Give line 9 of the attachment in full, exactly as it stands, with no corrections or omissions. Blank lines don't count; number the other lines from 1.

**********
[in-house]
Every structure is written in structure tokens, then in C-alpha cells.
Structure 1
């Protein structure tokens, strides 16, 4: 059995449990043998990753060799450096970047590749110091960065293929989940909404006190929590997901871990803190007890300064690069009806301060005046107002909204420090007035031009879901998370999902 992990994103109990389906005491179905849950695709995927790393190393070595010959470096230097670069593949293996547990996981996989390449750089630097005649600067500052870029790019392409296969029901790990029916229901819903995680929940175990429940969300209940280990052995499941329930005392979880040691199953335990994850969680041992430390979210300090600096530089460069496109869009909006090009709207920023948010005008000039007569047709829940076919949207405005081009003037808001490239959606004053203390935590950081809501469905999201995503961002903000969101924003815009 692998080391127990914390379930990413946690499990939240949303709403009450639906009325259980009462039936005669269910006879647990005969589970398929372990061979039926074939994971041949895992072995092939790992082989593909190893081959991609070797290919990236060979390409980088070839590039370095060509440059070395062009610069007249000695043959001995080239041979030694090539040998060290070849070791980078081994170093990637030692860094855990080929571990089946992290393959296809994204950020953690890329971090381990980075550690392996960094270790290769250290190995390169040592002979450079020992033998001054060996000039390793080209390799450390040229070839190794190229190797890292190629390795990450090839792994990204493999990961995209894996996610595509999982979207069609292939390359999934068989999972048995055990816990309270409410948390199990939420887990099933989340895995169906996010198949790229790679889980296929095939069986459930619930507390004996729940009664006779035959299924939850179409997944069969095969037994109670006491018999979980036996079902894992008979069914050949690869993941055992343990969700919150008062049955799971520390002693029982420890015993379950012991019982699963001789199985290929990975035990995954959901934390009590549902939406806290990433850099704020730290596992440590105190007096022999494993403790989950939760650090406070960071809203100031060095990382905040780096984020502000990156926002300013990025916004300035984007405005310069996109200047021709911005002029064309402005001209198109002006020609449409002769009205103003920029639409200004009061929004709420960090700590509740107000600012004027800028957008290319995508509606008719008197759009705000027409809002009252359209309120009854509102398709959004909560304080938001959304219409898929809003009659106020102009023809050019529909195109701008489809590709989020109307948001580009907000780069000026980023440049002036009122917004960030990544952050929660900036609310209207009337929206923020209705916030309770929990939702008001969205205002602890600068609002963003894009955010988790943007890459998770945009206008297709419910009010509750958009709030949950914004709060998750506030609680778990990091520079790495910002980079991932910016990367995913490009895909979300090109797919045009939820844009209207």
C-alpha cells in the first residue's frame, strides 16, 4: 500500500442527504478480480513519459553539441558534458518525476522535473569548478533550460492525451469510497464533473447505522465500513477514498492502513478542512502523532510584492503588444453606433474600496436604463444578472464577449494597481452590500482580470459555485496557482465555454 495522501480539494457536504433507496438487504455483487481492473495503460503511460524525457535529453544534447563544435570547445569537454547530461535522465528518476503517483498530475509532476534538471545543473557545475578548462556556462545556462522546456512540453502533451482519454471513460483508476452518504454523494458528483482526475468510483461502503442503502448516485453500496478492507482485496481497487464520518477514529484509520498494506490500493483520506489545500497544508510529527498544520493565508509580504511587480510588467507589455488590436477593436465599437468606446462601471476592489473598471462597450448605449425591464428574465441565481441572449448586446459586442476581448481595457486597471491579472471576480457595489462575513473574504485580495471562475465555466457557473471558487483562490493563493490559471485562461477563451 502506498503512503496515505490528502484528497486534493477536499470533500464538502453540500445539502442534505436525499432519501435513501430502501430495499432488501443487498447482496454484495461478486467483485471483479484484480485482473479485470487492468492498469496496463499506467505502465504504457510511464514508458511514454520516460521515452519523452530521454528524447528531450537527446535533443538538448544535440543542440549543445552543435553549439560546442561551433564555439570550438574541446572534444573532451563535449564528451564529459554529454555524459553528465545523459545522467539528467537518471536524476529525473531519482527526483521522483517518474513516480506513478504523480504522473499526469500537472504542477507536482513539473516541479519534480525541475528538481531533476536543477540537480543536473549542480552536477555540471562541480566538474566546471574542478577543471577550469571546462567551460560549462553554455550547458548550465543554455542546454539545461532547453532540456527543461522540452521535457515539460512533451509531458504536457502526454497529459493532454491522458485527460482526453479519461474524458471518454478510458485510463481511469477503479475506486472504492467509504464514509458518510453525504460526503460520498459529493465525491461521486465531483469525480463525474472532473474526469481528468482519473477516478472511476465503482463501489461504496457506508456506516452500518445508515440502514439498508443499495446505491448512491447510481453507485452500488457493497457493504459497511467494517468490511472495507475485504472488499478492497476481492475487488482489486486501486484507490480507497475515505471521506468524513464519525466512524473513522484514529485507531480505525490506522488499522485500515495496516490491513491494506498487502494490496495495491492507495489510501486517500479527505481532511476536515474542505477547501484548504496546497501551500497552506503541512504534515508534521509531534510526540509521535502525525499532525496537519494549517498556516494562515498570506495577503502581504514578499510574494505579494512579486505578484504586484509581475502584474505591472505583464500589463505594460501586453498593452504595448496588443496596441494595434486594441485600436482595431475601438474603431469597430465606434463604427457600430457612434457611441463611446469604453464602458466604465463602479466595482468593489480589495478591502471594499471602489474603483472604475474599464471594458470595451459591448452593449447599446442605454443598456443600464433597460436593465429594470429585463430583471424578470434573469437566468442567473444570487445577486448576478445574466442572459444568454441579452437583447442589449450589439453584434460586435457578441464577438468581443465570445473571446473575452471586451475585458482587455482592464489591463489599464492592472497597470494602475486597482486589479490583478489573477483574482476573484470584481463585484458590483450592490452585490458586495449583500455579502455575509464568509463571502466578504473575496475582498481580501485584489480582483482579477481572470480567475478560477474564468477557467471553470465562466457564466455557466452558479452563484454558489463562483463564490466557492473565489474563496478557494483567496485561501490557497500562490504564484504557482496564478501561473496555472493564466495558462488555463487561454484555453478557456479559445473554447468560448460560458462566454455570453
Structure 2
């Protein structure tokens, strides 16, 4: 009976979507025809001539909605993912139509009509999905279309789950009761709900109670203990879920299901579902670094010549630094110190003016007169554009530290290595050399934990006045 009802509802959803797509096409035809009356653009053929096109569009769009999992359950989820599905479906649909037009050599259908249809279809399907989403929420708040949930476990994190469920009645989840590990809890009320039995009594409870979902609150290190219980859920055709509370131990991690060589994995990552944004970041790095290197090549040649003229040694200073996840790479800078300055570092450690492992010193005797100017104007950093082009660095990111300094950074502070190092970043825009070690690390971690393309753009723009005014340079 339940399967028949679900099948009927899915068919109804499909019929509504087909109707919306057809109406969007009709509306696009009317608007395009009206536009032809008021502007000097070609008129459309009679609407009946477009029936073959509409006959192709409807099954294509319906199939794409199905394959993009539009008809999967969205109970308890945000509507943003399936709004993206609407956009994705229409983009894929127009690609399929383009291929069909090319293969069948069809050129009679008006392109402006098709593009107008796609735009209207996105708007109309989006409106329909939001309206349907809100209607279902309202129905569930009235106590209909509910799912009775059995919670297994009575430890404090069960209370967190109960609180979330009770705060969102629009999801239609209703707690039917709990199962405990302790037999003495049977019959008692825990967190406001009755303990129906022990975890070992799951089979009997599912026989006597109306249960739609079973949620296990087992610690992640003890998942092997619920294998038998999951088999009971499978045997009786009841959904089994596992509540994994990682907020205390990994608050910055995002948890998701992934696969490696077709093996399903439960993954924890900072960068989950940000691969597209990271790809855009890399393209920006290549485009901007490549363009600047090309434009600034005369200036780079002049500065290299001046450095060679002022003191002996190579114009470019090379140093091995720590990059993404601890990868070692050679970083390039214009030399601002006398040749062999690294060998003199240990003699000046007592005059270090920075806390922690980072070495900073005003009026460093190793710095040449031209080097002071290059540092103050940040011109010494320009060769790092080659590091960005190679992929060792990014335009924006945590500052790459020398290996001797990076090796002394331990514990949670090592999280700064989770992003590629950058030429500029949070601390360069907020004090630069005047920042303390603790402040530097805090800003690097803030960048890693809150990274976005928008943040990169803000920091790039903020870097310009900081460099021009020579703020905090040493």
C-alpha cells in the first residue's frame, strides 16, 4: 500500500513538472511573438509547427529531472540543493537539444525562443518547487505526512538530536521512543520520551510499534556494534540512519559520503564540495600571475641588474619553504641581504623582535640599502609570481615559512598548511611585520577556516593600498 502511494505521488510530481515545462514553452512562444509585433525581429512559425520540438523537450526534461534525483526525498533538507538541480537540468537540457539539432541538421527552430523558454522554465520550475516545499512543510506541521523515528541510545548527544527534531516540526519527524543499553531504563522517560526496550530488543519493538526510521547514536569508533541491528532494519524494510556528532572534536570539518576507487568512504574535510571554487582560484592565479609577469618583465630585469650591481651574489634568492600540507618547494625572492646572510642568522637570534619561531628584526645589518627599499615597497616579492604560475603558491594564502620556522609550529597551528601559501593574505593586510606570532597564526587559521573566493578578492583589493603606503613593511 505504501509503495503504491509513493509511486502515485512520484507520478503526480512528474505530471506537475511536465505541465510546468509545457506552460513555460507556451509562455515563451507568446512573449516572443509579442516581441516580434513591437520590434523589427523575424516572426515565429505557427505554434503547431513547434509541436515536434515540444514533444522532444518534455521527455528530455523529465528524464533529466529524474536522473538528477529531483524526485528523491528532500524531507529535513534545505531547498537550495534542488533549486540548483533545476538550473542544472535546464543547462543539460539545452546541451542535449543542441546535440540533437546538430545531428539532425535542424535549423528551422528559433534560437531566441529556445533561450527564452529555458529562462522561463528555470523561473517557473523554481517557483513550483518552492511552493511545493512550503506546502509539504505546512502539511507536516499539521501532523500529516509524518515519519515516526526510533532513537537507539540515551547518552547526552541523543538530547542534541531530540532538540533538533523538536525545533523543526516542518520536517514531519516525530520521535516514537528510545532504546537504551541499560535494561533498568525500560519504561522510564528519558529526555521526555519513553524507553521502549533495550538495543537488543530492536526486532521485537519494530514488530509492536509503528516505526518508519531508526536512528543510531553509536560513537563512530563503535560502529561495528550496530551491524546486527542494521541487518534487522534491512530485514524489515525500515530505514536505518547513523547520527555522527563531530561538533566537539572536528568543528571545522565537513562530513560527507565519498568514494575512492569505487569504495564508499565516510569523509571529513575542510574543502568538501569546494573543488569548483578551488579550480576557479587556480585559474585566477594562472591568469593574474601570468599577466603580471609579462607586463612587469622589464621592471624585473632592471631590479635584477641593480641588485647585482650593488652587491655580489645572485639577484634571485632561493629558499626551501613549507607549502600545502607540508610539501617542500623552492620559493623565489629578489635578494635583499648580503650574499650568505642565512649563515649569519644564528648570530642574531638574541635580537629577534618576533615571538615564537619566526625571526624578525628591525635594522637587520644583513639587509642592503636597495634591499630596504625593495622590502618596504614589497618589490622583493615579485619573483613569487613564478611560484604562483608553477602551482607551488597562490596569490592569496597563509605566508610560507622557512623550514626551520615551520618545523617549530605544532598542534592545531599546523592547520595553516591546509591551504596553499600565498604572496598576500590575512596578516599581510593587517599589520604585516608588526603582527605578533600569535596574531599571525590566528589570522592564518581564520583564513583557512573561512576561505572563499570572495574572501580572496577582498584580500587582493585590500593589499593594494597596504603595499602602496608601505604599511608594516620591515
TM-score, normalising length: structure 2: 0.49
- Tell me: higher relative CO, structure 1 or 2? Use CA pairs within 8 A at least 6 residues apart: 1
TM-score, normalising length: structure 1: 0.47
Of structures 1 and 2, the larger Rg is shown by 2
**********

TM-score, normalising length: structure 2: 0.49